Gene Editing: Now that we can – should we?

“Your scientists were so preoccupied with whether or not they could, they didn’t stop to think if they should”. 25 years on, this quote from Jurassic Park by the great Jeff Goldblum rings truer than ever. While every great scientific advancement experiences some level of discussion and controversy, no field attracts more debate than that of human genetic engineering. The development of Clustered Regularly Interspaced Short Palindromic Repeats (CRISPR)-Cas9 gene editing technology has prompted more dispute than potentially any other biological technologies. Never before have we had the ability to so easily and effectively change the human genome—for better or for worse. CRISPR-Cas9 is forcing scientists, governments and the general public to assess the potential consequences of gene editing technology. Are we as a society ready to grapple with the questions gene editing forces us to con‐sider: should all perceived disabilities be cured? Will the likely cost of gene editing widen social inequalities?Are we ready to be able to control human evolution rather than leaving it to chance?

CRISPR-Cas9 is a gene editing technique that allows for any region of the human genome to be specifically targeted and edited. The field of gene editing was revolutionised. Gene editing experiments were now quicker, cheaper and much more efficient. While the vast majority of re‐searchers used CRISPR-Cas9 to understand the basic functions of genes or to target a specific disease-associated gene, there are several researchers whose experiments fall in a more ethical grey area.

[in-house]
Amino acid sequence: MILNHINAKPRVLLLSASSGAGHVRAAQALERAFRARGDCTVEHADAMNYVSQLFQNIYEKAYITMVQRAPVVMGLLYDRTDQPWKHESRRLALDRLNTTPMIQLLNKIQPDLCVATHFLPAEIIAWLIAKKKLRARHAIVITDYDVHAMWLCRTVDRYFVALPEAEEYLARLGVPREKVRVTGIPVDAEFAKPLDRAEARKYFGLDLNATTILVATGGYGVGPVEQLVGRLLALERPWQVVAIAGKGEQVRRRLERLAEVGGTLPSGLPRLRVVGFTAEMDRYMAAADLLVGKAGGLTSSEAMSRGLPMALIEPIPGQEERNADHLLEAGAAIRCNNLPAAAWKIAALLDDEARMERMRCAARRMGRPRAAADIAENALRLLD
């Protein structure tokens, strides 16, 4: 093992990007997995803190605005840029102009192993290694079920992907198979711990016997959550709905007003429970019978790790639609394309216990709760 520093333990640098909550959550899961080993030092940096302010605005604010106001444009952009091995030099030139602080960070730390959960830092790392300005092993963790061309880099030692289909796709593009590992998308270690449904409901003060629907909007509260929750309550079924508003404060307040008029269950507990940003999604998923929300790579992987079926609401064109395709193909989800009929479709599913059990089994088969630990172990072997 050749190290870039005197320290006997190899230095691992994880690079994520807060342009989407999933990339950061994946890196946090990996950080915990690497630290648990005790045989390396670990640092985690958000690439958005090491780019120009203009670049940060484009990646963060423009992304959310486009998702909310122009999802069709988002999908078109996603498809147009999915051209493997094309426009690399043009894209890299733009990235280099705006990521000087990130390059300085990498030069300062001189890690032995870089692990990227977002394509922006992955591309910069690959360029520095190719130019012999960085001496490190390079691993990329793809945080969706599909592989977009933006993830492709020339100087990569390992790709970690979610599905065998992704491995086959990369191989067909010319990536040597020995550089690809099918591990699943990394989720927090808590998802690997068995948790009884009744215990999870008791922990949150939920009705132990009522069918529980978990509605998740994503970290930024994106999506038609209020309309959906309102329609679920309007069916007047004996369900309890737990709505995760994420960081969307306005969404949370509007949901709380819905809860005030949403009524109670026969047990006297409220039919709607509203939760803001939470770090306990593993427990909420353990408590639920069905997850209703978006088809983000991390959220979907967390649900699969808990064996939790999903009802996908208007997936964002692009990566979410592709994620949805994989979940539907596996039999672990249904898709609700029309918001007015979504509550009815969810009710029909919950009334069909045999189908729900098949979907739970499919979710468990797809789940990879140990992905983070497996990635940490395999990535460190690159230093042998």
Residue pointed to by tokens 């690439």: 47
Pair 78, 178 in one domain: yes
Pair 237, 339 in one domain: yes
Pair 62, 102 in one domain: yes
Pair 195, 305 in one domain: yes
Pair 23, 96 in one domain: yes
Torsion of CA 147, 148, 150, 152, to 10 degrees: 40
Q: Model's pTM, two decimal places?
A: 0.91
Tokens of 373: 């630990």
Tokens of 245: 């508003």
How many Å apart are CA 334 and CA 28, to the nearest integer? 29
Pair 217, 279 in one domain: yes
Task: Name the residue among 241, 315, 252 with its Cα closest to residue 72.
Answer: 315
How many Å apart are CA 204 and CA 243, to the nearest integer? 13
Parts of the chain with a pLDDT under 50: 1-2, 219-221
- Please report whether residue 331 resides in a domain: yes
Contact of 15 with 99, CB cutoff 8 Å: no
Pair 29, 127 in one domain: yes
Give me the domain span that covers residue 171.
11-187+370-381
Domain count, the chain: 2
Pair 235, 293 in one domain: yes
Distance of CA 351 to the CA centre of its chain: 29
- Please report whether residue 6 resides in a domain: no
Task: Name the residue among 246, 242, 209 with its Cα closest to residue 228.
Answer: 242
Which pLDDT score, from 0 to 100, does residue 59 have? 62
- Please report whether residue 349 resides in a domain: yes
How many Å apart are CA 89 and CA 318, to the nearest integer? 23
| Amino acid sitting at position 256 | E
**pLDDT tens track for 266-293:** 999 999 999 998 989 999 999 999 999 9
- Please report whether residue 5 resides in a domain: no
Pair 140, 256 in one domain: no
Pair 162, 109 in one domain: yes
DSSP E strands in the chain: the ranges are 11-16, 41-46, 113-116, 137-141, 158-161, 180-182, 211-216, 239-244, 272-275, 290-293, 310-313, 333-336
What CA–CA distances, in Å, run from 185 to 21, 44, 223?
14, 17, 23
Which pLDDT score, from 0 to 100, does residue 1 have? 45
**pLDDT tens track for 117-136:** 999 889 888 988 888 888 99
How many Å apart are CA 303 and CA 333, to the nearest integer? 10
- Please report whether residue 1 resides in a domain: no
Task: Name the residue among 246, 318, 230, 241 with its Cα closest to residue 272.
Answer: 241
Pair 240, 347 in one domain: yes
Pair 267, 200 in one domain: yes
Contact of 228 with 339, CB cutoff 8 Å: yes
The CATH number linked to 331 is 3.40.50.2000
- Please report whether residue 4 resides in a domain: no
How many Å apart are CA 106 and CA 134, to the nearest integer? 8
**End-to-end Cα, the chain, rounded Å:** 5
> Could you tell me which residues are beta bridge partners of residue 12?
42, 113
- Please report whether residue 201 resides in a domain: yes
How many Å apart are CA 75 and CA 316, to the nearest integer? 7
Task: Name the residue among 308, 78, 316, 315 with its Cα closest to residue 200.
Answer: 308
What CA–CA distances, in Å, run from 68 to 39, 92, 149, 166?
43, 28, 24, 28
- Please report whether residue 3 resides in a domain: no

Human Germline Modification (HGM) is the deliberate alteration of human eggs, sperm or embryos which will affect not only the individual in question, but all future generations of the said individual. From the moment CRISPR-Cas9 technology was released, scientists were well aware that this leap forward in technological potential warranted a further debate on societal consequences of HGM both positive and negative. Thus, the first International Summit on Human Genome Editing was held in 2015. It was hosted by the Chinese Academy of Sciences and the UK’s Royal Society and the scientific and ethical issues associated with human gene-editing research were discussed. A group of global experts cautioned that HGM could profoundly ‘alter future human societies’, and ‘exacerbate existing inequalities in society’. Though not against the idea that CRISPR-Cas9 could be used as a preventative treatment for genetic diseases, the report from the conference was cautious. It stressed that at the time in question it ‘would be irresponsible to proceed with any clinical use…unless and until (i) the relevant safety and efficacy issues have been resolved…and (ii) there is broad societal consensus about the appropriateness of the proposed application’. Despite the clear advantages CRISPR-Cas9 has over previous gene editing techniques, not all safety and technological hurdles have been overcome. Though HGM was not banned, the conference recommended that a voluntary moratorium be put in place until the aforementioned issues were resolved. Broad societal consensus had not and has not been reached with regard to gene editing-based therapies, and regarding non-disease associated gene editing, there is even less consensus.

Announced days before the second International Summit on Human Genome Editing, the scientific community was shocked on the 28 November 2018 when Dr. He Jiankui announced the birth of the first CRISPR-Cas9 gene-edited children, twin girls called Nana and Lulu. Dr. He disabled the CCR5 gene, which the HIV virus uses to enter and infect cells. Dr. He’s experiment was met with nearly universal condemnation, with scientists labelling his experiments profoundly disturbing and monstrous. Dr. He is not the only researcher pushing the ethical boundaries of gene editing.